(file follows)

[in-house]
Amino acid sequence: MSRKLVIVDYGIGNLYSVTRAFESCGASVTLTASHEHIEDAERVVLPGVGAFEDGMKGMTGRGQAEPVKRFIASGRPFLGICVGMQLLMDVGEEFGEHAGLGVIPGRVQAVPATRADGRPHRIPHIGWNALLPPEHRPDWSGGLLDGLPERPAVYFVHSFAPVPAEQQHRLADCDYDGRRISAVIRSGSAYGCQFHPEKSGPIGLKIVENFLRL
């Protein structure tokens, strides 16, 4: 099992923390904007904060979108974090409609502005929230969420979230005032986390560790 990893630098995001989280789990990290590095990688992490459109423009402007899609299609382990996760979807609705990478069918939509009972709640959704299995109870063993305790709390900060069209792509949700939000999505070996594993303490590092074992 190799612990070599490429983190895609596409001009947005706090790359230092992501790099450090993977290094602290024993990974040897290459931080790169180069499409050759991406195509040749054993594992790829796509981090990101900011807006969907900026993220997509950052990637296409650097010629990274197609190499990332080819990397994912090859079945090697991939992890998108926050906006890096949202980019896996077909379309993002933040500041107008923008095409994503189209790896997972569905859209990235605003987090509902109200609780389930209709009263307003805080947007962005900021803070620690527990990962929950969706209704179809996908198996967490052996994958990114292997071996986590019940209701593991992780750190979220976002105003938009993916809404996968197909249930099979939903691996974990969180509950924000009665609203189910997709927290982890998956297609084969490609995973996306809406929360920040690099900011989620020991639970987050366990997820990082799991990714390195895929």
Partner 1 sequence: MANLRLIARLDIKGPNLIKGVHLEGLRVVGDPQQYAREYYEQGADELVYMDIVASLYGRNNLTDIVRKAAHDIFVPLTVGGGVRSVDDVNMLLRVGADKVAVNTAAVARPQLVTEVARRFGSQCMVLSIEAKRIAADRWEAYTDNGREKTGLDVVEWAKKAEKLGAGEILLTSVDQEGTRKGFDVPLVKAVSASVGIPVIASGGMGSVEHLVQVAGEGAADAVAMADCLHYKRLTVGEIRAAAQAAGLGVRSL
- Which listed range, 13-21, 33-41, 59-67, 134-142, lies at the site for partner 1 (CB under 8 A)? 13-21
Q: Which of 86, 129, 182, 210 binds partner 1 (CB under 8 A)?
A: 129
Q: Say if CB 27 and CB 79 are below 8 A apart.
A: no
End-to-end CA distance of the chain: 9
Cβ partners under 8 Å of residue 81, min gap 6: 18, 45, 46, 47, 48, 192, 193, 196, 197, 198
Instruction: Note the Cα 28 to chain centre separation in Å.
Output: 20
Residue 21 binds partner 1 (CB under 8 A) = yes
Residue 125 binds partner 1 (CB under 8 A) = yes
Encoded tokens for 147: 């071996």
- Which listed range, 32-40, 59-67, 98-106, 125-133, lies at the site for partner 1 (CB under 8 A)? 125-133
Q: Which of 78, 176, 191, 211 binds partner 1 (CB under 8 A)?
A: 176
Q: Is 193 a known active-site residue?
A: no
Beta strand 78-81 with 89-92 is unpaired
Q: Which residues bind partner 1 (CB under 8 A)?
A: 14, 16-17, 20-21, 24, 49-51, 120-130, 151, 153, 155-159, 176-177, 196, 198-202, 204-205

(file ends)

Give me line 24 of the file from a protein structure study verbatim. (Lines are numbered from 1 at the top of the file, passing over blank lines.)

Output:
A: 14, 16-17, 20-21, 24, 49-51, 120-130, 151, 153, 155-159, 176-177, 196, 198-202, 204-205